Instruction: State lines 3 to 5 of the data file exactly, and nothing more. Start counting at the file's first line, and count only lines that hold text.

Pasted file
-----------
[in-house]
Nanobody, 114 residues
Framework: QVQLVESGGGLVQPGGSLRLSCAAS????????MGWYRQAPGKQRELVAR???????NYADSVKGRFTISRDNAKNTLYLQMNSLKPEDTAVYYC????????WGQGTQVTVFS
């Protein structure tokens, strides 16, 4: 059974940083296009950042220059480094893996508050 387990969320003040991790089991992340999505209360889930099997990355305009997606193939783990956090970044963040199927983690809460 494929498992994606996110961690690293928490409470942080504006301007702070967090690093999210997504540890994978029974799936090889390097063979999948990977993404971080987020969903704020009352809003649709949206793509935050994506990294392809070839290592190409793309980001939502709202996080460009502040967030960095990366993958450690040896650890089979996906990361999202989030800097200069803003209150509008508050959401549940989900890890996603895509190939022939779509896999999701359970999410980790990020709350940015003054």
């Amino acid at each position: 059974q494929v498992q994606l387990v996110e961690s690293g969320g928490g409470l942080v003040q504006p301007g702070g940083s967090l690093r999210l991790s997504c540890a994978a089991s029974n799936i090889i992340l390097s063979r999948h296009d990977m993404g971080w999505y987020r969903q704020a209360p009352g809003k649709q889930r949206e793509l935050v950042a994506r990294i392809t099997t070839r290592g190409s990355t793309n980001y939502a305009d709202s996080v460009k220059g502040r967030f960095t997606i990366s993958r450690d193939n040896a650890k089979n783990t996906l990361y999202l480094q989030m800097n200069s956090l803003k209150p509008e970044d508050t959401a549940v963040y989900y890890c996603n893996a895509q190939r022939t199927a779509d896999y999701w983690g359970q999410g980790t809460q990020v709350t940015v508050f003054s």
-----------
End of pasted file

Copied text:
Framework: QVQLVESGGGLVQPGGSLRLSCAAS????????MGWYRQAPGKQRELVAR???????NYADSVKGRFTISRDNAKNTLYLQMNSLKPEDTAVYYC????????WGQGTQVTVFS
């Protein structure tokens, strides 16, 4: 059974940083296009950042220059480094893996508050 387990969320003040991790089991992340999505209360889930099997990355305009997606193939783990956090970044963040199927983690809460 494929498992994606996110961690690293928490409470942080504006301007702070967090690093999210997504540890994978029974799936090889390097063979999948990977993404971080987020969903704020009352809003649709949206793509935050994506990294392809070839290592190409793309980001939502709202996080460009502040967030960095990366993958450690040896650890089979996906990361999202989030800097200069803003209150509008508050959401549940989900890890996603895509190939022939779509896999999701359970999410980790990020709350940015003054």
């Amino acid at each position: 059974q494929v498992q994606l387990v996110e961690s690293g969320g928490g409470l942080v003040q504006p301007g702070g940083s967090l690093r999210l991790s997504c540890a994978a089991s029974n799936i090889i992340l390097s063979r999948h296009d990977m993404g971080w999505y987020r969903q704020a209360p009352g809003k649709q889930r949206e793509l935050v950042a994506r990294i392809t099997t070839r290592g190409s990355t793309n980001y939502a305009d709202s996080v460009k220059g502040r967030f960095t997606i990366s993958r450690d193939n040896a650890k089979n783990t996906l990361y999202l480094q989030m800097n200069s956090l803003k209150p509008e970044d508050t959401a549940v963040y989900y890890c996603n893996a895509q190939r022939t199927a779509d896999y999701w983690g359970q999410g980790t809460q990020v709350t940015v508050f003054s």